Before we begin a candidate search for any and all new clients, we make sure to physically step foot into their office in order to better understand the work environment of a particular organization and to thoroughly grasp the kind of person who will excel there. The vibe, work setting, employee personalities, physical location and office landscape are all key factors that we at John Leonard do not just “take into consideration” but include as qualifications in our search processes.
Not only that, but after each client visit, a detailed report is entered into our client file (CRM) and is distributed across all consultants to ensure every individual within John Leonard understands and appreciates the specific culture attirbutes of each client organization.
This is how we build ever stronger and lasting relationships.
Yes, you can buy a CareerBuilder posting, and so what added value are you receiving from working with a staffing agency? Well, Senior Staffing Consultant, Jennifer Kuchy, will tell you: "What we're finding in this market, due to the increase in the candidate base, is that some agencies are submitting candidate resumes to client companies without having taken the time to meet with the candidate or properly interview them. That's not how we work at John Leonard -- we personally meet with each and every candidate prior to our client even seeing the resume."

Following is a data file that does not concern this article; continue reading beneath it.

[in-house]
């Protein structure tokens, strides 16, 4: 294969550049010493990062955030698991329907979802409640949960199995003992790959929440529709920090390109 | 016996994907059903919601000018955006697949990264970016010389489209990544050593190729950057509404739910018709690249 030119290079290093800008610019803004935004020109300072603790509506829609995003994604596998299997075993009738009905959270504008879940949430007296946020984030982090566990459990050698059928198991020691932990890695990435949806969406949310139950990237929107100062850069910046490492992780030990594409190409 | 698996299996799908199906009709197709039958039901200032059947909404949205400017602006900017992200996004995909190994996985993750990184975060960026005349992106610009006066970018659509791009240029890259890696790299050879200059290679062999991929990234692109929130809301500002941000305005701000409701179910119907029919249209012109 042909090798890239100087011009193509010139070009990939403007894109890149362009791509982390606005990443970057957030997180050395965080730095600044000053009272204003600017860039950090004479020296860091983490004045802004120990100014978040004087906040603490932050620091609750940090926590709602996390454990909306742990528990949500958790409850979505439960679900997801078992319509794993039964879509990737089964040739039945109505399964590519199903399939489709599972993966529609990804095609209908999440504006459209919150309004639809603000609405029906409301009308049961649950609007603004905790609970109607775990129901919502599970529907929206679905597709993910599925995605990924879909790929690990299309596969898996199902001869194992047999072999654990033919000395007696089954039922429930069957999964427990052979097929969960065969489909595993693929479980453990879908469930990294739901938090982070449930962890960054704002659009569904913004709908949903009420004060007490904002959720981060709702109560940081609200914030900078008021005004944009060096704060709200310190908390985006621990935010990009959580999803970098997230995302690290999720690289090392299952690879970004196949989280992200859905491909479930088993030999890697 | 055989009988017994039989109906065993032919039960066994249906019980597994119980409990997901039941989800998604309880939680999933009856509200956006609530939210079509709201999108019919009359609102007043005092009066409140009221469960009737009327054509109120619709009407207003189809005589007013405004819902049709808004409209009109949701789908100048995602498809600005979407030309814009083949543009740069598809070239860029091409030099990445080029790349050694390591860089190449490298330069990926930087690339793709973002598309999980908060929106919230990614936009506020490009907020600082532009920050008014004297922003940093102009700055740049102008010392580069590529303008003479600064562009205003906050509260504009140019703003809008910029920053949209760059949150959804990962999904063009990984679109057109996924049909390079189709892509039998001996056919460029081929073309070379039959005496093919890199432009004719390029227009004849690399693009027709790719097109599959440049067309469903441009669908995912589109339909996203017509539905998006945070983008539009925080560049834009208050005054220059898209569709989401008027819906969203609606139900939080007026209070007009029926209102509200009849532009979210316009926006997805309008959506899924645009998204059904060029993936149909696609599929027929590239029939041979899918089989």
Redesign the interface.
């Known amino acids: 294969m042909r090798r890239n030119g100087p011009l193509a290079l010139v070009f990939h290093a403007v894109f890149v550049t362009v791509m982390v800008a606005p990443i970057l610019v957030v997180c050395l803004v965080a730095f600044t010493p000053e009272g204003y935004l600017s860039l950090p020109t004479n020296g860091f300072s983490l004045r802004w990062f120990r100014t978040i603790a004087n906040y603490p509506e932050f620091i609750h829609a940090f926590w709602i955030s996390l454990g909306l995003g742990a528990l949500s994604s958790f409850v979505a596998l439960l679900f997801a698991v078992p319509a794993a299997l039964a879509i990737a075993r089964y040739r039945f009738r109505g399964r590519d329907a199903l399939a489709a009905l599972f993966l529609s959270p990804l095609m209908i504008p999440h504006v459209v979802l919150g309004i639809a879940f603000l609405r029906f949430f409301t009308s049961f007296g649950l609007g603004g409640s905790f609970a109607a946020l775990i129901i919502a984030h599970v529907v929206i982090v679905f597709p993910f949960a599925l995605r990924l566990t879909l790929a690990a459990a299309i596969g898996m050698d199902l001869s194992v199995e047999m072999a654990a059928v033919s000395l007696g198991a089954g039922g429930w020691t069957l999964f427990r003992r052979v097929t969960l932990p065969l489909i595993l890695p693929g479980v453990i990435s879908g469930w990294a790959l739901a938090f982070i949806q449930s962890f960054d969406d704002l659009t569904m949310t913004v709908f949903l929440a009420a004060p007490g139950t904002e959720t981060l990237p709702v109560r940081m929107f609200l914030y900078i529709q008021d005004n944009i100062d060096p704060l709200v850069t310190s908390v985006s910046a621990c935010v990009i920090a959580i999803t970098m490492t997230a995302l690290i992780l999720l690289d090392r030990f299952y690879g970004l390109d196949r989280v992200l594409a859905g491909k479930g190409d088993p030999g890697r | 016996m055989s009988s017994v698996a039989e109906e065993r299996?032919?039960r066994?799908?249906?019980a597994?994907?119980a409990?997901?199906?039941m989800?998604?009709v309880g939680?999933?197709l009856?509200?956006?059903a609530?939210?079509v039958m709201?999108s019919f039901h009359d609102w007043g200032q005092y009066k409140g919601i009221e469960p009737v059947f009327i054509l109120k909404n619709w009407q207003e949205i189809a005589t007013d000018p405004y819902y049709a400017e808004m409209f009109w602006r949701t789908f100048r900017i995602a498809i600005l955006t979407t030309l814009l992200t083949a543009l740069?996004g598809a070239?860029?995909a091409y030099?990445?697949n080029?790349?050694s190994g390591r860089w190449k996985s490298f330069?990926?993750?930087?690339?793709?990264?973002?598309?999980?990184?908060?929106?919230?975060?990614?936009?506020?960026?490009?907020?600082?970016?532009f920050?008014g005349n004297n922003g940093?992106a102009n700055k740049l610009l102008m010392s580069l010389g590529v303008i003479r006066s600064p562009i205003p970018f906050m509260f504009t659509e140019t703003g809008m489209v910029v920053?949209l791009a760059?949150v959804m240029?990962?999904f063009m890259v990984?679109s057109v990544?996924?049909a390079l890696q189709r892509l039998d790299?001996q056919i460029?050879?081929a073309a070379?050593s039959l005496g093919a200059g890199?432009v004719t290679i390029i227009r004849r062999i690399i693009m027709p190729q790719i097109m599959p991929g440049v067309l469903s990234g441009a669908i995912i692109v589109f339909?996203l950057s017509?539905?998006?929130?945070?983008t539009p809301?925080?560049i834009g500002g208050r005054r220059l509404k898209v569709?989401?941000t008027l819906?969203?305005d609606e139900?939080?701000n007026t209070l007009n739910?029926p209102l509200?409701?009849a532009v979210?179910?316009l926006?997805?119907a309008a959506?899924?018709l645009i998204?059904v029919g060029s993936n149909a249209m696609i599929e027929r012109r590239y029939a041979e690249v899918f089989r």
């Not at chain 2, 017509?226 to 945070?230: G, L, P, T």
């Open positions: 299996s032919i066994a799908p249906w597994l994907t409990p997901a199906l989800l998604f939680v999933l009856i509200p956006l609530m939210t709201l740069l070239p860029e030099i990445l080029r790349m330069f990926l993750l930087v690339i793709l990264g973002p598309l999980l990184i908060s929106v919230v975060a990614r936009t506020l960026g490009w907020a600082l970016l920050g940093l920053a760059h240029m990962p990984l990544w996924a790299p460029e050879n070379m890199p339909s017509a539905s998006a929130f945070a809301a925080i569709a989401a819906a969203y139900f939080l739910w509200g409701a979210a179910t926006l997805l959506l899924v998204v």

Before a John Leonard candidate walks through a client's door, they have gone through our software skill evaluations, professional references have been checked and a personal interview has been conducted by one of our consultants. What we do cuts our clients' recruiting processes extensively and frees them up to tackle other aspects of their jobs.
So, what sets John Leonard apart? Why don't we let our actions speak louder than words...
" What I liked most about working with Jennifer [at John Leonard] is that she truly qualified me as a candidate before contacting my now current employer. I've worked with a lot of recruiters in the past that just rush the introduction phase and submit your resume as fast as possible. Jennifer really took the time to understand my background and skill set to make sure that I was a qualified candidate for the position. I honestly felt like convincing Jennifer I was a fit for the job was harder than the employer interviews!" August 2011